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Bath Spa University School of Humanities and Cultural Industries 36 / 37 Creative Media Practice Creative Writing BA (Hons) BA (Hons) Why choose this course? Our programme is challenging, exciting, and versatile. You may want to be a published writer, you may want to study literature in a new way, you may want to understand the study of writing to help you as a teacher, or you may just have a passion for writing. Our course caters for all these aspirations. You can expect a professional level of tuition - and we expect a professional level of commitment and achievement from you. About the course Our Creative Writing course has three main components: - your own development as a writer- your awareness of other writing and how your work relates to it - your critical awareness of the markets for creative writing and how you can get your work "out there". We believe that you need to develop each of these elements in order to achieve your full potential both as a writer and a student of writing. Therefore throughout the course you will be expected to: - write, rewrite, and rewrite again in order to become a sensitive and efficient editor of your own work - read extensively, learning how writers do things, so that you can do them yourself- find out how books get published, how films get made, so that your own work is informed and enriched by an awareness of past and current practice. The state-of-the-art equipment in our Artswork Broadcast and Publishing labs is at your disposal to help you make your dreams a reality. For those with a technical bent there is also the opportunity to work in our Artswork Media facility at the Paintworks development in Bristol. As you move through the programme you push yourself and your work as far as you can, taking it (where appropriate) into the world outside the university. Hence our Enterprise Projects, where you can do just about anything writing-related. Students have (among many other things) organised the Bristol Betjeman centenary exhibition; written and performed plays for youth clubs and schools; made promotional videos for local charities; set up poetry readings, slams and improvised script events; and Why choose this course? BA Creative Media Practice combines excellent state-of-the-art facilities with expert tuition. Enhance your creativity through technology, and learn how to sell what you make. About the course The course is a new kind of degree provision, alert to the needs of industry and developed in partnership with it. It will enhance your creative potential through an innovative curriculum that fosters individual expression in a context of professional practice. Creative Media Practice offers opportunities to work in both educational and professional contexts with the final year of the course being delivered in our innovative 'Artswork Media' studio and production facilities in Paintworks, Bristol. The course is structured around a core that helps you develop your creativity, critical and entrepreneurship skills, while optional modules allow you to develop both contextual and practice-based skills in a range of different fields of media production and for a variety of different platforms. For instance, optional modules may focus on: digital image manipulation for print and online media; audio and video editing for broadcast and multimedia; media research and audience studies; scriptwriting for TV, radio and other platforms; harnessing Web 2.0 media and software services. At Artswork Media, you will work on individual and client- based projects and will develop a portfolio of work to take into your future career. On successful completion of the programme you will be a socially aware, culturally grounded, and technologically savvy creative media practitioner. You will be ready to work as an entrepreneurial problem-solver, able to listen, analyse, suggest and construct business solutions in a range of commercial and not-for-profit environments, where your blend of technical skills, aesthetic understanding and strong creative abilities will be an asset. The degree prepares you for work in a range of creative One of the leading courses in the country - highly acclaimed lecturers, highly successful A new course for the digital age. students. organised our end of year Showcase for all student work. Sample modules - Writers' Workshop; Poetry; Short Stories; Planning and Making a Film; Feature Journalism; Writing for Theatre; Writing for Young People; Lifewriting; Writing a Novel; Enterprise ProjectCareers Typically, our graduates are communicators. They can talk, they can listen, and they can persuade. They are confident. They can manage projects through from initial idea to successful completion. They can work alone or as part of a team. That's why recent graduates have found jobs with the BBC, other broadcast businesses large and small; they've gone into publishing, journalism, teaching, social work, marketing - in fact, just about any career that requires a good Humanities degree.Graduate ProfileClaire Skuse, graduated 2007-"A fter I graduated I went on to the Writing for Young People MA at Bath Spa, and I'm now working at Chicken House Publishing and also writing teen novels. My debut novel, Pretty Bad Things, was published in March 2010 and Rockoholic will be released in March 2011. I'm currently working on my third book, provisionally set for release in March 2012. I loved everything about my time at Bath Spa. The surroundings, the freedom, the people, and finally being in an educational environment where I really wanted to excel and find my writing voice. I owe a great deal of credit to Bath Spa and its tutors!"media industry settings. Sample modules: Year 1- Understanding Media Communications; Sound and Vision; Copywriting and Text Editing; Lens Based Media. Year 2 - Commissioning and Employment in the Media; Advanced Project Production; Designing Visual Narratives; Planning and Making a Film. Year 3 - Creative Enterprise Project.Careers During the course students will have the chance to study and experience a variety of media roles. Within the Year 3 project modules you will work with industry mentors and the University careers service to plan your future - be it progression to further study or seeking opportunities in the workplace. You will have a detailed understanding of key areas of employment which draw on creative media skills. You will also have a thorough understanding of the opportunities associated with freelance work and the process of establishing your own business. By equipping you with this range of critical and practice-based skills, the degree will provide a firm foundation for work in a rapidly expanding and changing media sector in which multiskilling, creativity and agility are increasingly essential. Graduate ProfileKeely Major, graduated 2010-"W orking at Artswork Media was a great way to learn and develop skills in a different type of learning environment. We were able to learn whilst working, gaining a huge amount of experience of working with 'real' clients within in a 'real' production company. All the staff were very helpful in encouraging students to develop their ideas and helping us create them. It provided me with a taster of what it's like to work within the media industry and has helped me develop the skills and confidence to progress further and pursue a career within the media."UCAS CodeCreative Media PracticeWP93Entry CriteriaTypical offers260-300 UCAS Tariff points (eg BBC; AB + AS a).Alternative qualifications welcome. Offers may be subject to interview and portfolio. See page 20Course InformationCourse locationNewton Park campusCourse length3 years full-time; part-time availableStudio fee (10/11)£32 per module (subject to review). See page 18No. of applicants (2010) 74No. of places (2010)20More informationwww.bathspa.ac.uk/ugrad/UCAS CodeCreative WritingW800Popular CombinationsDrama (as part of Creative Arts - see page 26) Education - WX83 English Literature - WQ93 For a full list of courses you can combine with Creative Writing see page 63. Entry CriteriaTypical offers260-300 UCAS Tariff points (eg BBC; AB+AS a), including A-level English Literature, English Language, Theatre Studies or a related subject at grade B. Candidates are sometimes asked to send samples of creative writing. See page 20 Course InformationCourse locationNewton Park campusCourse length3 years full-time; part-time availableNo. of applicants (2010) 207No. of places (2010)60 (additional places are available as part of a Combined Award)More informationwww.bathspa.ac.uk/ugrad/National Student Survey Score (2010)82% satisfaction with teaching01 Capturing digital images01 Publications from staff and students02 Claire Skuse, graduate of Creative Writing020101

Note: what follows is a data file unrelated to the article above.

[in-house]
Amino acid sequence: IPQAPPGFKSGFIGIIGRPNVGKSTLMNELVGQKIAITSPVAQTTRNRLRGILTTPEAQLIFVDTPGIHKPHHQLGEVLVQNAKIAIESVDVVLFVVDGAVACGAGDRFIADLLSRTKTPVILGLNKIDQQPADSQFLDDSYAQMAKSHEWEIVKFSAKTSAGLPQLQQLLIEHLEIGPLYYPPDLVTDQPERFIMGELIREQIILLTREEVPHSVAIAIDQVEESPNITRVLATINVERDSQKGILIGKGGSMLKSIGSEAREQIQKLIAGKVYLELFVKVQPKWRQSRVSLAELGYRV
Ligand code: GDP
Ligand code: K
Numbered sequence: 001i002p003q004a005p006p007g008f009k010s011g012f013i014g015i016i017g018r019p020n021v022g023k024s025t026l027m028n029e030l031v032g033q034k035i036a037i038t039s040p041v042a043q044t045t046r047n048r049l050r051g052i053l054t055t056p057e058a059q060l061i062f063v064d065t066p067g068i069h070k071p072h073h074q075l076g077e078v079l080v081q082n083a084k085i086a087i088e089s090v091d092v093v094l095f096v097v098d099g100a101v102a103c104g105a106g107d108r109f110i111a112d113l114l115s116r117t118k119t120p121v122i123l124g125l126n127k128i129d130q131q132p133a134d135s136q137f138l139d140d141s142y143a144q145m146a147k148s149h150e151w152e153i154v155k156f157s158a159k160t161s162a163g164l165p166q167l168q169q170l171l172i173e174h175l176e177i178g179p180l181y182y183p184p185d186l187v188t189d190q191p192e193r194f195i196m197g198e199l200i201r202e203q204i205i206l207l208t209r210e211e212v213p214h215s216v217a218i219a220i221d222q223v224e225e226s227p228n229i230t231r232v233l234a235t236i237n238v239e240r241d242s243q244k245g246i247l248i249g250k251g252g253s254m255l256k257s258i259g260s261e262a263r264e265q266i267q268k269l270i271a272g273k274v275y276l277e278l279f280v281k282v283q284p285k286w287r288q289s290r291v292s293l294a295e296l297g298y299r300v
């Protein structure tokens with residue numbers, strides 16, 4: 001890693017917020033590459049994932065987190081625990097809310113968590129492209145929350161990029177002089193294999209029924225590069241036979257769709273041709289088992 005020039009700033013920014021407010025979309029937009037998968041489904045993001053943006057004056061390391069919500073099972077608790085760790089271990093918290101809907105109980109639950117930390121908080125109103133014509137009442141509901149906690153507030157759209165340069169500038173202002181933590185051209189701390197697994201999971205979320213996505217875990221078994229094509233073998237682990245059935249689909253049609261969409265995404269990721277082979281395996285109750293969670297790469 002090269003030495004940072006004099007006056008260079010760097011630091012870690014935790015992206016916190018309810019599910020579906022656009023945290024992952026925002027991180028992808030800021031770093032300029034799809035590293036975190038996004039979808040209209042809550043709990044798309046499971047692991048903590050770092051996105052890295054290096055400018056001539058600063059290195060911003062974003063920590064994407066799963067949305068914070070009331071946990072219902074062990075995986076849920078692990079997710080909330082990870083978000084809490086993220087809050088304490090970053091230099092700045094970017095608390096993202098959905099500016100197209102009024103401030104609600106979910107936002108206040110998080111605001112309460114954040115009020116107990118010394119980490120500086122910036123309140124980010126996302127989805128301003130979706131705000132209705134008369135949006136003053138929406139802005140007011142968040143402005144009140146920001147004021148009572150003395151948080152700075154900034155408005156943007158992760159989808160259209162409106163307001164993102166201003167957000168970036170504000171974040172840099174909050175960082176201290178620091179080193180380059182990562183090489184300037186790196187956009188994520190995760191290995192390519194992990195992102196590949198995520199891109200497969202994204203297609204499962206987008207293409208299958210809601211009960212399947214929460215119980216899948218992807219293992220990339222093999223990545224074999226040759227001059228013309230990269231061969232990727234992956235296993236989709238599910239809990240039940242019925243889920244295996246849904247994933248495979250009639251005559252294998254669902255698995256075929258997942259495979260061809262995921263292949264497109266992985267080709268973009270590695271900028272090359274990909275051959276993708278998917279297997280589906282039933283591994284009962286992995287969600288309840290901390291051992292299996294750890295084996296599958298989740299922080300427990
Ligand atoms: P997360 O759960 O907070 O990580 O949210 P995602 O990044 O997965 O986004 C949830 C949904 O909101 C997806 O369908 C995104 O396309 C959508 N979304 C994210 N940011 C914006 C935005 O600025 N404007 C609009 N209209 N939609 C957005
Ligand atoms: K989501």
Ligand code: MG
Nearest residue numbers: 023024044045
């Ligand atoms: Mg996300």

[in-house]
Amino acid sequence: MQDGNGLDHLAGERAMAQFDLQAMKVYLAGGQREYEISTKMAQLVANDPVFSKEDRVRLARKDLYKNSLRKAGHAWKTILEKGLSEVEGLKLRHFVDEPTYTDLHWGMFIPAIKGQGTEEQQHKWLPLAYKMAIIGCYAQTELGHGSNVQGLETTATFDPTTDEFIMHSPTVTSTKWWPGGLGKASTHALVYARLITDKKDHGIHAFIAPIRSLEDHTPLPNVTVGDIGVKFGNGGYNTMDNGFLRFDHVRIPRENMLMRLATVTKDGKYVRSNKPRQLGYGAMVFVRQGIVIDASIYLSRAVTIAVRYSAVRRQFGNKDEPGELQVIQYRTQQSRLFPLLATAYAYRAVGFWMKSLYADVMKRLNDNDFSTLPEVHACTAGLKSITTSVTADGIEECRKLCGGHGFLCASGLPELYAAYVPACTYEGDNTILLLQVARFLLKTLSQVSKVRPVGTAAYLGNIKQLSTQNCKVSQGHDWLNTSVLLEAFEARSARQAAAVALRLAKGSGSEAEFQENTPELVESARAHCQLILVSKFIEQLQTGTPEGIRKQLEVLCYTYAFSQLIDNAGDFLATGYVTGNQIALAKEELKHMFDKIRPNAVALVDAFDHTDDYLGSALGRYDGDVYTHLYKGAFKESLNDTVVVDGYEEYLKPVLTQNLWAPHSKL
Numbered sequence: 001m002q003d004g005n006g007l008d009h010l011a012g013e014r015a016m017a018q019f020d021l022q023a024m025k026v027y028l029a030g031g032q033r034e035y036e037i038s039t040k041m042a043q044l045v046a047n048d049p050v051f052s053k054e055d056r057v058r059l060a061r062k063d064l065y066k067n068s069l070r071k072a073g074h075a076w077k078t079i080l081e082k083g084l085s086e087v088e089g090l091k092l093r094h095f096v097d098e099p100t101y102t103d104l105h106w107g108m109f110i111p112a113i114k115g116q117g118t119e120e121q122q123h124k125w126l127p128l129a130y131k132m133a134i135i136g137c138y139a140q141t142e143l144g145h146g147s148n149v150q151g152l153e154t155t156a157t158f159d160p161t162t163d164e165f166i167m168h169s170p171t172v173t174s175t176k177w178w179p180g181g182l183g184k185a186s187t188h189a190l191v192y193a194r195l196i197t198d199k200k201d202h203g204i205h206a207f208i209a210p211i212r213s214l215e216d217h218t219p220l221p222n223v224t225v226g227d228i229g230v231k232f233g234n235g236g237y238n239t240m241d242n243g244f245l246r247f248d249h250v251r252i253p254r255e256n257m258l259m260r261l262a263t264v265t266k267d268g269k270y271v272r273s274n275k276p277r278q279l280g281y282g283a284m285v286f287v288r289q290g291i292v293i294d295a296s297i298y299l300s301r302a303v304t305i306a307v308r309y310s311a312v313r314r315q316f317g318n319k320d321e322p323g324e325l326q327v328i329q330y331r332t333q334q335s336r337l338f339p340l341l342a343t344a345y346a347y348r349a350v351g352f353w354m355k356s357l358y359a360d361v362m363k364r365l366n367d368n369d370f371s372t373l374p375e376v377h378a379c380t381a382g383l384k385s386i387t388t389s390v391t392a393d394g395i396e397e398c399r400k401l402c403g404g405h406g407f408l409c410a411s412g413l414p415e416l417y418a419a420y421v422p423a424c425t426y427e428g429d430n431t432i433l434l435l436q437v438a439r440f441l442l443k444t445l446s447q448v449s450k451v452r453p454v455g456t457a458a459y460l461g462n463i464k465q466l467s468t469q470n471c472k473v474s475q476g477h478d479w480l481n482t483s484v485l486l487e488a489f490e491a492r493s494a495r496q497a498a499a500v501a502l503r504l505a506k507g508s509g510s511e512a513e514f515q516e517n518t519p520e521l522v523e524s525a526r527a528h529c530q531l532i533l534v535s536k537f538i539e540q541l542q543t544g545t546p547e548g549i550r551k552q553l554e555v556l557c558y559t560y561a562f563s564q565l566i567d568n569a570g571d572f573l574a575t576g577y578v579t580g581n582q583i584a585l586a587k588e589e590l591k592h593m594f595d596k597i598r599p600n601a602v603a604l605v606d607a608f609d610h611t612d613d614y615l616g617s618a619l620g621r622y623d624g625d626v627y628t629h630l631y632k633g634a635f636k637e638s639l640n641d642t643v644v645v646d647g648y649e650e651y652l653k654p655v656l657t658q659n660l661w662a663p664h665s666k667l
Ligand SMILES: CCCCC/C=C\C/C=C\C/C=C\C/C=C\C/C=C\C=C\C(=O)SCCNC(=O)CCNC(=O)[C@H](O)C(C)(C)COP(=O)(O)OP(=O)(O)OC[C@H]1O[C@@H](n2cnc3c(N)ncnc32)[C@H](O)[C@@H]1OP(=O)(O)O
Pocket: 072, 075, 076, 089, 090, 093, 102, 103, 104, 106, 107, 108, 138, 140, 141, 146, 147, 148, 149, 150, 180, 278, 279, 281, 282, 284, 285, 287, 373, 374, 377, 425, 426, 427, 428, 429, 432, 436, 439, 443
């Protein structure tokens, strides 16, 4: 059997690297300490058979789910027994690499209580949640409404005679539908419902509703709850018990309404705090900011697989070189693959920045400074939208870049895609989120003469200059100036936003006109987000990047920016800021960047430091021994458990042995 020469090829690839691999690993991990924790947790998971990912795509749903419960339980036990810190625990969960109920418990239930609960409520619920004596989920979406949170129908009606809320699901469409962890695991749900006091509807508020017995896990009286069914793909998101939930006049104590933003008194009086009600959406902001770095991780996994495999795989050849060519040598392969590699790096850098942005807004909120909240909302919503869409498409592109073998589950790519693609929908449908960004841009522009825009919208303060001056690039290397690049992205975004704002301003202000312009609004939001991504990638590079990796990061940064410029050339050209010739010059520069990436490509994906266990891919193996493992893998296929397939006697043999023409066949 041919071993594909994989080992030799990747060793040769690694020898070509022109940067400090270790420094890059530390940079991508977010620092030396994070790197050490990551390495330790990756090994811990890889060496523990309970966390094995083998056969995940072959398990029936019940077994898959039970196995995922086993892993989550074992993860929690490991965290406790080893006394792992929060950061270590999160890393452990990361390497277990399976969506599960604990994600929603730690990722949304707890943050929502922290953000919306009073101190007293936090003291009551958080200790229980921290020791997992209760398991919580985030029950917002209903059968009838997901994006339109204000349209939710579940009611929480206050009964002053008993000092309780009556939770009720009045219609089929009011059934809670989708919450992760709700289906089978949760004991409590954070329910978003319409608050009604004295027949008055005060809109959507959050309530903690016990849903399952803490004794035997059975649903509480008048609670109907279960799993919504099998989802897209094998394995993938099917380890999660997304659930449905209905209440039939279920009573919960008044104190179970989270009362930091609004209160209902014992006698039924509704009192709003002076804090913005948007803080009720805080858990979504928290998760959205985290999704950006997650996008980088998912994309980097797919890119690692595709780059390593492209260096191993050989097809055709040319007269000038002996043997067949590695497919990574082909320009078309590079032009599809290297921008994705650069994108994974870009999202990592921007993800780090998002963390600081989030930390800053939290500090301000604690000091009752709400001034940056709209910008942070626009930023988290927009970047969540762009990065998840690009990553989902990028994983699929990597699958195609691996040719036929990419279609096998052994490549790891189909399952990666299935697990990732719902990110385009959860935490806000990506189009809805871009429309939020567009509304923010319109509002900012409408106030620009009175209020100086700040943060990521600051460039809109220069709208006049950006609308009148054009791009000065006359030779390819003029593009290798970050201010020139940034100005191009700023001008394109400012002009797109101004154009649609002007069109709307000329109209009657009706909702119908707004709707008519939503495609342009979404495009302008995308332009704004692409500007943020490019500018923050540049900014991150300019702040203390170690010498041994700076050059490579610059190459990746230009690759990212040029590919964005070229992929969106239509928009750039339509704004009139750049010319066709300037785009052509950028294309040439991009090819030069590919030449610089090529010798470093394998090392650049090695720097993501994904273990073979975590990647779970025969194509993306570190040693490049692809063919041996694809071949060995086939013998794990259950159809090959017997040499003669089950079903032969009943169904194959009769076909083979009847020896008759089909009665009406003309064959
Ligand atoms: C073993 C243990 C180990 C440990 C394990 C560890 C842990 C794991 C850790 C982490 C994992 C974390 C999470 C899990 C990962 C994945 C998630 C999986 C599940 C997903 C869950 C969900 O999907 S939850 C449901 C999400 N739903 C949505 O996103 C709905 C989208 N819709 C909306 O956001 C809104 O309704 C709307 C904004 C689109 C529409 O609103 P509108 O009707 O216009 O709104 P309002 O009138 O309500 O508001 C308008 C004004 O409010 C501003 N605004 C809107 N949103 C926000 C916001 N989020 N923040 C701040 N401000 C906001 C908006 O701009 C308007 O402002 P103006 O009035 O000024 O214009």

Bath Spa University School of Humanities and Cultural Industries www.bathspa.ac.uk English Literature Film and Screen Studies BA (Hons) BA (Hons)seminars, lectures, individual tutorials, and IT workshops. In addition, there are opportunities for field trips to enrich the course, such as to London, to the theatre, to the Bodleian Library in Oxford, and to the Empire & Commonwealth Museum. Sample modules include: Enlightenment to Victorianism, 1750-1890; From Decadence to the Naughties, 1890-the present; Theatre, Sex and Power in Early Modern England; Gothic Origins and Innovations; Adaptations; Writing America; Brontë and Dickens; Margaret Atwood; Publishing: the Literary Journal; Empire & Identity in the Eighteenth Century; Caribbean Writings; Irish Women's Writing An exciting opportunity to study film and screen together with aspects of the new media.Why choose this course?We want to enable you to develop a critical understanding of film and screen theory and criticism and to appreciate the relationship between film, media and culture. But we also want to provide you with the conceptual tools for understanding how society and culture is mediated by cinematic, televisual and electronic images. In choosing this course you will be starting on a journey of critical understanding of the institutions of film and screen production, distribution and exhibition. As part of this we will develop your understanding of reception and consumption practices in film and screen.About the course Film and Screen Studies comprises an exciting opportunity for you to study film and screen alongside aspects of the new media, together with some optional work in film planning and production. In the first year there are two cores modules. The first is Introduction to Film in which you will investigate film as a specific academic discipline and how meaning is conveyed through film form and content. As part of your work you will analyse how A dynamic subject offering a broad and stimulating approach to literary studies. Careers Through Artswork, our Centre for Excellence in Teaching and Learning, you'll have access to cutting-edge resources in the areas of publishing and broadcast media to prepare you for careers or for self-employment in the media and creative industries. Our students also go on to higher degrees, to teaching, journalism and marketing, and to other careers where excellent communication skills and analytical abilities are valued. films are constructed and be introduced to ways of writing effectively about film. The second core module is Understanding Hollywood, which offers an advanced investigation of key theoretical and methodological issues involved in the study of cinema, and explores film as a commercial, cultural and aesthetic institution. In Years 2 and 3 you can design your programme from a range of exciting modules including film theory, Hollywood, computer and video games, film and national identity, stardom and celebrity, European cinema, young people and the new media, planning a film and making a film. You can also take part in organising LineUP, the annual Student Film Festival. Film and Screen Studies aims to produce graduates who have an informed, critical and creative approach to both understanding film and screen in contemporary society and to their own forms of critical, reflective and communicative practice. You will develop intellectual, analytical, research and creative skills that will help you to prepare for employment. Sample modules: Introduction to Film; Silent Cinema; Understanding Hollywood; Television, Representation and Gender; Digital Generation: Young People and New Media; Asian Cinema; Stardom and Celebrity; Film and Philosophy, European Cinema; Power, Pleasure and Feminist Film Criticism.Careers Employers welcome the high level of subject-based, generic and personal skills which are embedded in our programmes. The main focus of interest for our Film and Screen Studies graduates are the expanding creative and cultural industries, which is one of the largest sectors of employment in the UK. These industries include advertising, journalism, publishing, film and film- related employments, television, radio and the heritage sector. However, there are also employment opportunities in local and central government and the voluntary sector. Staff ProfileDr Rebecca Feasey, Senior Lecturer in Film and Media Communication -"F ilm and Screen Studies is a wonderfully diverse programme that gives students the flexibility and choice to look at a wide range of cinematic genres, from a number of fascinating theories, perspectives and historical periods. I am passionate about teaching at Bath Spa because the students are always curious, motivated and interested to learn. Furthermore, because of the small scale of the campus, it is possible to foster genuinely supportive relationships with students."Popular CombinationsMedia Communications - WP6H English Literature - QWH6Creative Writing - WW86 For a full list of courses you can combine with Film and Screen Studies, see page 63.UCAS CodeFilm and Screen StudiesW620Entry CriteriaTypical offers240-280 UCAS Tariff points (eg BCC; BB +AS a). See page 20Course InformationCourse locationNewton Park campusCourse length3 years full-time; part-time availableNo. of applicants (2010) 105No. of places (2010)15 (additional places available as part of a Combined Award)Course InformationMore informationwww.bathspa.ac.uk/ugrad/01 Studying in the sunshine02 Rebecca Mears, graduate of English Literature01 Iconic image02 Dr. Rebecca Feasey, Senior LecturerUCAS CodeEnglish LiteratureQ300Popular CombinationsCreative Writing - WQ93 History - QV31 Media Communications - QP39 For a full list of courses you can combine with English Literature - see page 63.Entry CriteriaTypical offers260-300 UCAS Tariff points (eg BBC; AB +AS a), including A-level English Literature at grade B. See page 20Course InformationCourse locationNewton Park campusCourse length3 years full-time; part-time availableNo. of applicants (2010) 442No. of places (2010)70 (additional places are available as part of a Combined Award)More informationwww.bathspa.ac.uk/ugrad/National Student Survey Score (2010)93% satisfaction with teaching0201Why choose this course? A recent graduate writes: "It is, perhaps, only after graduating that students have the time to reflect on how well the course was designed, administered and delivered. without exception, the English Literature tutors all possessed great enthusiasm. Their choice of set texts and teaching style provoked engagement and involvement and I always looked forward to their classes. Studying English Literature at Bath Spa University was an enlightening, enriching, and a very rewarding experience. I will miss it greatly and remember it fondly." Lectures and seminars are lively and offer plenty of opportunities for involvement and debate. Throughout your study you can experiment with new ideas and new perspectives, both critically and creatively. English staff are all active researchers in their fields, writing scholarly books and articles and engaged in debate on literary and critical issues.About the course The English programme is large and varied, and offers you plenty of choice. The modules range from those on specific authors (Shakespeare, Ian McEwan, or Virginia Woolf, for instance), to topic-based subjects (Writing and the Environment, Post-Colonial Literatures, or Literary London), to period-based study (Gender and Eighteenth-Century Fiction or Gothic Origins and Innovations). You will be encouraged to assemble an individual portfolio of modules and to investigate issues that matter to you. Although most English modules are optional, there are core modules in Years 1 and 2 which provide a common framework to explore central issues and aspects of literary study. The course is structured to allow an extended independent project or dissertation in Year 3. English modules are taught via 0102Graduate ProfileRebecca Mears, graduated 2010-" I am an Editorial Assistant working for Mumsnet.com. The equipment in the publishing labs at Bath Spa is fantastic, and training on Photoshop and InDesign has certainly helped me to gain employment in the media industry. The 'Literary Journal' module on the course was excellent - I really enjoyed the creativity involved and the opportunity to interact with authors and other industry experts."